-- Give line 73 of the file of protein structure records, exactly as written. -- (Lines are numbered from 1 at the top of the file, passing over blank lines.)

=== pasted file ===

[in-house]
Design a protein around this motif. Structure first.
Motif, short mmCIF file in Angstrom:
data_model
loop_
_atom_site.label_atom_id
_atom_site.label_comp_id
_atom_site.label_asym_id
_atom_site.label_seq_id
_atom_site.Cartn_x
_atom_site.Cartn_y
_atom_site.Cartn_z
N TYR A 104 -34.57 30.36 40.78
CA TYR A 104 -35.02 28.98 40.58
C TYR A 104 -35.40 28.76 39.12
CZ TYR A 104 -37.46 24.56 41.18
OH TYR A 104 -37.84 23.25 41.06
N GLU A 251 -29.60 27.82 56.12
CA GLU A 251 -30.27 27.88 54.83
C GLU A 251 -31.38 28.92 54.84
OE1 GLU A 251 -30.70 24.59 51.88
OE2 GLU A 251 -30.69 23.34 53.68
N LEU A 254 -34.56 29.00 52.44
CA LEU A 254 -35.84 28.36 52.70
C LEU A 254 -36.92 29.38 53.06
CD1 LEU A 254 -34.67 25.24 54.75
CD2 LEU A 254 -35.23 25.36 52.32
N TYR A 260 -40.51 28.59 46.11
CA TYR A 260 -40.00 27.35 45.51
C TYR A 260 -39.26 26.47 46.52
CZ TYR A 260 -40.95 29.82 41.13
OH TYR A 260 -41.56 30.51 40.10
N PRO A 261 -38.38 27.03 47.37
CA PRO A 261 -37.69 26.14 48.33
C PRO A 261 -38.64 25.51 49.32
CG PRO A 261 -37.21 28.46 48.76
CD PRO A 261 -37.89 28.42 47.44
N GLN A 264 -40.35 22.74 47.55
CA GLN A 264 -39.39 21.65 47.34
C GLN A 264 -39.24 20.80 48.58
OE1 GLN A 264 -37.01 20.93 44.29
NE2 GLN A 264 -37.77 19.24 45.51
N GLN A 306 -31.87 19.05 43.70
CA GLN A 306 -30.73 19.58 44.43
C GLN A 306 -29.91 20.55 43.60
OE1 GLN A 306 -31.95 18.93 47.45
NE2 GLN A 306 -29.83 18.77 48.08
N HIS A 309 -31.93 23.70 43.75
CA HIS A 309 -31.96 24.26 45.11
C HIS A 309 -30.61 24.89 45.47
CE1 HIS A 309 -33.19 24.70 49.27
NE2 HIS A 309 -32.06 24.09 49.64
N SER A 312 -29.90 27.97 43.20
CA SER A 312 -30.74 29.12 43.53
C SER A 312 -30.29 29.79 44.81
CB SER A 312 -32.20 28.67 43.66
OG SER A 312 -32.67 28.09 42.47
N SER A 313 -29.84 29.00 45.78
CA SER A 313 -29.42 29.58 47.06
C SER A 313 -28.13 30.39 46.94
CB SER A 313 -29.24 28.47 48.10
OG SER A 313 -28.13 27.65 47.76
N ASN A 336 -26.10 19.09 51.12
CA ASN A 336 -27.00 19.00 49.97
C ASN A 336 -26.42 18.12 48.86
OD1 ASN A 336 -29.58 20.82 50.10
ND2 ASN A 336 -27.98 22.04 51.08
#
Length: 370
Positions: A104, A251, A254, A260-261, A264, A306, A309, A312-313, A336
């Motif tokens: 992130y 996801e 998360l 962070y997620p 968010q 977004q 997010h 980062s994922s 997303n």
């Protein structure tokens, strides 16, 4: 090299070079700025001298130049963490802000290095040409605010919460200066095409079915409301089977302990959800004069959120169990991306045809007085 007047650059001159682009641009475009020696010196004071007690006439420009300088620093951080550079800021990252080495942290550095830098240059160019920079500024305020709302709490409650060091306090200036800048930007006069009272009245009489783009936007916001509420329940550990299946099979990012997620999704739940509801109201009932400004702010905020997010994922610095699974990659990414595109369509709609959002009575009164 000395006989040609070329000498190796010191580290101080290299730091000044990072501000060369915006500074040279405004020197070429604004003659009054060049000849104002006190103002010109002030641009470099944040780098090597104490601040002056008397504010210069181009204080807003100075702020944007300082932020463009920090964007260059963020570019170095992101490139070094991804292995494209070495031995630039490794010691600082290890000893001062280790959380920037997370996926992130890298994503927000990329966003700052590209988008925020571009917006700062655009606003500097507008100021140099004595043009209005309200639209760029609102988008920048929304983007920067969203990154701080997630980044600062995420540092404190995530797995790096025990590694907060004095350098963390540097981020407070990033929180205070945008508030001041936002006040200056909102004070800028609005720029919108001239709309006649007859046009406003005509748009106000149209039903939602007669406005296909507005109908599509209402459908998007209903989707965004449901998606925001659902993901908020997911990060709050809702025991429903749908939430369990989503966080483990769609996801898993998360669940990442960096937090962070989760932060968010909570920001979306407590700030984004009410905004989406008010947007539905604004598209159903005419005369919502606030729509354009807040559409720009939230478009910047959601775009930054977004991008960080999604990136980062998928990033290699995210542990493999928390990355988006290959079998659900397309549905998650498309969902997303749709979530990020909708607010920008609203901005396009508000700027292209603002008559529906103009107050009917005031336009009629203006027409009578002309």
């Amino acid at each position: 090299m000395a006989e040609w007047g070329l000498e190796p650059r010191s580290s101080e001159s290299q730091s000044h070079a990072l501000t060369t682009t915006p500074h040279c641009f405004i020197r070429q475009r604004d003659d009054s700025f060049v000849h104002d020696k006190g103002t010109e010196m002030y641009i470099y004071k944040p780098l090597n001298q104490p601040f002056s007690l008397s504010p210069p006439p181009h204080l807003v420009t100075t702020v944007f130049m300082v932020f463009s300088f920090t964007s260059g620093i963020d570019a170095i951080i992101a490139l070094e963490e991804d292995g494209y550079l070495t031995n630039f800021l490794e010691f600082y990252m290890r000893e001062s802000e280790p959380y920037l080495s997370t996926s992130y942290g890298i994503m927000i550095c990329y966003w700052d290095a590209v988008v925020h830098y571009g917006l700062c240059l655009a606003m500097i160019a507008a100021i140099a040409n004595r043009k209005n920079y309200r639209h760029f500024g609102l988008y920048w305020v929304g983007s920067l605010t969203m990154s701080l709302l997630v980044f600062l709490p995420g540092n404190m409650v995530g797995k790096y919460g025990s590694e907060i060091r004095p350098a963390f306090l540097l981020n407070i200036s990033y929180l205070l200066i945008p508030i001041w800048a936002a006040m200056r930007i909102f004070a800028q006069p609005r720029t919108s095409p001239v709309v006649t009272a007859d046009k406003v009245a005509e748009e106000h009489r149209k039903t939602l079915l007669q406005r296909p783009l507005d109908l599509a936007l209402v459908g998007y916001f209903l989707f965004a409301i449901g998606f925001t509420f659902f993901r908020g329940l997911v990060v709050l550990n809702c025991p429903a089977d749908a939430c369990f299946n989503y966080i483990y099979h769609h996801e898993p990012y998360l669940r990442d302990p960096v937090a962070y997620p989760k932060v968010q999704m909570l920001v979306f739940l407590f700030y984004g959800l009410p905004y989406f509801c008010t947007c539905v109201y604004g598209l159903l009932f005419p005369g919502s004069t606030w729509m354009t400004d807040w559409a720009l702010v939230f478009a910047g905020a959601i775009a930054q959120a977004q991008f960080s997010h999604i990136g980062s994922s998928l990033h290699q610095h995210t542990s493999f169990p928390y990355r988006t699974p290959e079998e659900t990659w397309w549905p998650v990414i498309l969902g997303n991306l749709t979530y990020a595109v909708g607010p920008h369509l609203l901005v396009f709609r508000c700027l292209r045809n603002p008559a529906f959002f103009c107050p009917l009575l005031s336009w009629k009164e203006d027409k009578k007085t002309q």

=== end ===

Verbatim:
């Amino acid at each position: 090299m000395a006989e040609w007047g070329l000498e190796p650059r010191s580290s101080e001159s290299q730091s000044h070079a990072l501000t060369t682009t915006p500074h040279c641009f405004i020197r070429q475009r604004d003659d009054s700025f060049v000849h104002d020696k006190g103002t010109e010196m002030y641009i470099y004071k944040p780098l090597n001298q104490p601040f002056s007690l008397s504010p210069p006439p181009h204080l807003v420009t100075t702020v944007f130049m300082v932020f463009s300088f920090t964007s260059g620093i963020d570019a170095i951080i992101a490139l070094e963490e991804d292995g494209y550079l070495t031995n630039f800021l490794e010691f600082y990252m290890r000893e001062s802000e280790p959380y920037l080495s997370t996926s992130y942290g890298i994503m927000i550095c990329y966003w700052d290095a590209v988008v925020h830098y571009g917006l700062c240059l655009a606003m500097i160019a507008a100021i140099a040409n004595r043009k209005n920079y309200r639209h760029f500024g609102l988008y920048w305020v929304g983007s920067l605010t969203m990154s701080l709302l997630v980044f600062l709490p995420g540092n404190m409650v995530g797995k790096y919460g025990s590694e907060i060091r004095p350098a963390f306090l540097l981020n407070i200036s990033y929180l205070l200066i945008p508030i001041w800048a936002a006040m200056r930007i909102f004070a800028q006069p609005r720029t919108s095409p001239v709309v006649t009272a007859d046009k406003v009245a005509e748009e106000h009489r149209k039903t939602l079915l007669q406005r296909p783009l507005d109908l599509a936007l209402v459908g998007y916001f209903l989707f965004a409301i449901g998606f925001t509420f659902f993901r908020g329940l997911v990060v709050l550990n809702c025991p429903a089977d749908a939430c369990f299946n989503y966080i483990y099979h769609h996801e898993p990012y998360l669940r990442d302990p960096v937090a962070y997620p989760k932060v968010q999704m909570l920001v979306f739940l407590f700030y984004g959800l009410p905004y989406f509801c008010t947007c539905v109201y604004g598209l159903l009932f005419p005369g919502s004069t606030w729509m354009t400004d807040w559409a720009l702010v939230f478009a910047g905020a959601i775009a930054q959120a977004q991008f960080s997010h999604i990136g980062s994922s998928l990033h290699q610095h995210t542990s493999f169990p928390y990355r988006t699974p290959e079998e659900t990659w397309w549905p998650v990414i498309l969902g997303n991306l749709t979530y990020a595109v909708g607010p920008h369509l609203l901005v396009f709609r508000c700027l292209r045809n603002p008559a529906f959002f103009c107050p009917l009575l005031s336009w009629k009164e203006d027409k009578k007085t002309q």